Last year, around this time, I came up with four topics that I expected to see lots of activity around in 2012. Some were more right than others -- there wasn't a lot of social media use for underwriting, but there was a lot of telematics activity, for example.
Now, in considering what might be the biggest story of 2013, I'm both repeating and repositioning myself. Last year, I identified enterprise data security as No. 3 on my list. This year, not only is it No. 1, I expect it to be one of the biggest issues facing insurers.
The reason is simple: Each new technology or channel adopted by insurers creates a new vector for data security issues. These can be on the policyholder side or on the insurer side -- but there are an increasing amount of bases to cover and precious few infielders.
This year one of my favorite interviews was with Kirk Herath, Nationwide's chief privacy officer. His assertion that he wouldn't bank on mobile due to its insecurity opened my eyes to the true risk of using these platforms for financial transactions. But even with such a conscientious steward of and advocate for consumer privacy in the organization, Nationwide still suffered the year's most high-profile data breach in insurance.
Whether its consumers' own clumsiness, or thieves adapting to the 21st-century, or religious extremists who want to attack the pillars of America's economy, policyholder data is under siege. Yet, insurers are after more, thirsty for "big data" to feed usage-based insurance programs, personalized customer experiences, or better underwriting.
There's nothing wrong with that, of course. The new world of analytics offers opportunities for insurance companies to refine pricing and gain competitive advantage. And surely no insurance company, being expert in risk management and liability, would take their duty to protect policyholders' private data anything less than deathly serious.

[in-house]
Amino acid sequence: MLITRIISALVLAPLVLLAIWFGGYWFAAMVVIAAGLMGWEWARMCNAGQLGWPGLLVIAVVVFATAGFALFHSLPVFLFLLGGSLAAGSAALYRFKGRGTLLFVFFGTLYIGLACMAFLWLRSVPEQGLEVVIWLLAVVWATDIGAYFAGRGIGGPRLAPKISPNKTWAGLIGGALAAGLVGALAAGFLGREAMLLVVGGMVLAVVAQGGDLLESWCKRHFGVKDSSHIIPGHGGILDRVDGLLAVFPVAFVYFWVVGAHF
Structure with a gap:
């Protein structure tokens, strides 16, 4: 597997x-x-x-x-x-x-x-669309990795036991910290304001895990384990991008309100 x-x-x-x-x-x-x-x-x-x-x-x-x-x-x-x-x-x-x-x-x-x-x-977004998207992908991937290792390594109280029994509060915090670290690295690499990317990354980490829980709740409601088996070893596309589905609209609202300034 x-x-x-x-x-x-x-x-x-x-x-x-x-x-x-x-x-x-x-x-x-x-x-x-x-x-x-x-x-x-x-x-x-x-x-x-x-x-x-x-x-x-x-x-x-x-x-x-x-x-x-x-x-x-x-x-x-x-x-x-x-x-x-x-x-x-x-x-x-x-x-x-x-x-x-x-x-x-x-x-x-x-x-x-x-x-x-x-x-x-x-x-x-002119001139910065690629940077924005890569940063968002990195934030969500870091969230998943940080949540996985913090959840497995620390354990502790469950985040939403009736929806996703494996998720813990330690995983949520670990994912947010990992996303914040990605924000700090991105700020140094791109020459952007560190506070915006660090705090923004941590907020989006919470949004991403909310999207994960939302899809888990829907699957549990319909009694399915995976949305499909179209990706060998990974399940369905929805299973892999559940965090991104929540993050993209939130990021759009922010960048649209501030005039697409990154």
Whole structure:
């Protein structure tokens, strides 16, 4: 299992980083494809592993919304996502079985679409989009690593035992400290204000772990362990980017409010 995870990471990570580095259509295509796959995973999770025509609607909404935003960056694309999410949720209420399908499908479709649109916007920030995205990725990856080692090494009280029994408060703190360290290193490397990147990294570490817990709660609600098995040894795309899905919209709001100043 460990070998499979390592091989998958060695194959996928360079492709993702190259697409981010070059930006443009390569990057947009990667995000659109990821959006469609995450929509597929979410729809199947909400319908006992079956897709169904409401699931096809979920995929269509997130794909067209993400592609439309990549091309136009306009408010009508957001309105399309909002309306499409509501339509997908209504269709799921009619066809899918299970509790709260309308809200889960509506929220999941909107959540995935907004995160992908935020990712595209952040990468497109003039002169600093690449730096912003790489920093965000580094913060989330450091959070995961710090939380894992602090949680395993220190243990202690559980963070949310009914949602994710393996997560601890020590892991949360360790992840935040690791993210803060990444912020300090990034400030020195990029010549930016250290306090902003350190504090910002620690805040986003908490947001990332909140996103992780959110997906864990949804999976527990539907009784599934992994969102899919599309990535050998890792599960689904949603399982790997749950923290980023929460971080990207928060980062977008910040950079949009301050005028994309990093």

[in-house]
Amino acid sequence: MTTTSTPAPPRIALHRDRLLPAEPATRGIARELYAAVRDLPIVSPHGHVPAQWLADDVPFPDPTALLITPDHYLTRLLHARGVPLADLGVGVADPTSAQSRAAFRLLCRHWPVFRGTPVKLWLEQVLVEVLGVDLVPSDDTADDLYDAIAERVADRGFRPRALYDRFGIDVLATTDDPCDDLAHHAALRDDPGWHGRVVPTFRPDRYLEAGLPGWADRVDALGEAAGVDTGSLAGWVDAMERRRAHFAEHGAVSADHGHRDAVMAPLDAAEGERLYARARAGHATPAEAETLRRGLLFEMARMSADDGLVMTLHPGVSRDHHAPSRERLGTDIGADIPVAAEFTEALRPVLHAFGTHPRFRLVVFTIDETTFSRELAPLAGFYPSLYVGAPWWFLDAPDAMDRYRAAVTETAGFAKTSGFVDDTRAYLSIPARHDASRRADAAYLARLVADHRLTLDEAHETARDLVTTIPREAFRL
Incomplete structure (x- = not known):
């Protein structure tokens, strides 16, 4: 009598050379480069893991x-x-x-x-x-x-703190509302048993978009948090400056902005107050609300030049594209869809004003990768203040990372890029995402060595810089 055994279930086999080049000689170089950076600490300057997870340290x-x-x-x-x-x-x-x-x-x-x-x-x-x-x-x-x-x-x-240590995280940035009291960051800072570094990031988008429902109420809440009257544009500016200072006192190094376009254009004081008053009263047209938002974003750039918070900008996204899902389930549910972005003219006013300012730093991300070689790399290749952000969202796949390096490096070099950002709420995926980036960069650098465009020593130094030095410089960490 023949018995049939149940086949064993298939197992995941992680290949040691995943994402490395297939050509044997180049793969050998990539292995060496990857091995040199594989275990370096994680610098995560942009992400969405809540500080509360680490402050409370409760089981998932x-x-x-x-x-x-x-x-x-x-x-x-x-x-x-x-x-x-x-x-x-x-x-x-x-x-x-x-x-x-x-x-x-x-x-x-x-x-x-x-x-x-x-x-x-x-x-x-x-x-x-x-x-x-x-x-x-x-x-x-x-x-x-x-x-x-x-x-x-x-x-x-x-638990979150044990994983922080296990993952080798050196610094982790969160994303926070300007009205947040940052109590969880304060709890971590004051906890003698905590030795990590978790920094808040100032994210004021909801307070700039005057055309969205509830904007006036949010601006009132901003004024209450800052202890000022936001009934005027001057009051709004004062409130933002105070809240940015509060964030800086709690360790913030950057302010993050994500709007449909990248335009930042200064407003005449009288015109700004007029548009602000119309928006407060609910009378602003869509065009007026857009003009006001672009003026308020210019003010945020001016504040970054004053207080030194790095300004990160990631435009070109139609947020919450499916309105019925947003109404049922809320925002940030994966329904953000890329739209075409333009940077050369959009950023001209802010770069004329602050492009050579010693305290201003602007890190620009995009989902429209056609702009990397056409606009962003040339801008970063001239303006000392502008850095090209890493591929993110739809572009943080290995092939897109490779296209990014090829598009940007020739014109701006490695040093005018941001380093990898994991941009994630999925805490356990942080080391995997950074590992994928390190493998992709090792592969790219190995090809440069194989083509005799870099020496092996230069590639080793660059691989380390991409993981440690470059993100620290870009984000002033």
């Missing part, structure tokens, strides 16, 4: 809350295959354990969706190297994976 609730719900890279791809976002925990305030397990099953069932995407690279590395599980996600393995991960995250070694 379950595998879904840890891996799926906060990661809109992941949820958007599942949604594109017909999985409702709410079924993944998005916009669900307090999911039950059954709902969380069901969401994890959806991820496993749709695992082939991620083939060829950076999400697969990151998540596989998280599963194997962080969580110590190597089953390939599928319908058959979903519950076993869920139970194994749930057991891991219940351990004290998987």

The question is, when are insurers addressing the security issue? It needs to be early in the process of any new initiative, whether you're storing data locally or, as is increasingly popular for next-generation technologies, in the cloud. Vendor companies must be equally vigilant and demonstrate their commitment to data security and privacy before any insurance company can in good conscience select them as a partner. Perhaps an industry rating system can assist that effort.
In addition, there is sure to be more activity on the regulatory front relating to privacy. But do legislators understand the issues facing technology organizations? The average age of Congresspersons is about 60. Technologists who have grown up in the new world of mobile and e-commerce must be ready to advise policymakers.
Of course, there are also consumer expectations to manage. The world may seem more open, but people are very protective of their personal data -- as the recent outcry against the social photo-sharing network Instagram clearly illustrates. Insurers must be clear and honest about what data they ask for with each new initiative, how it's being used, and how it's being secured. Their business depends on it.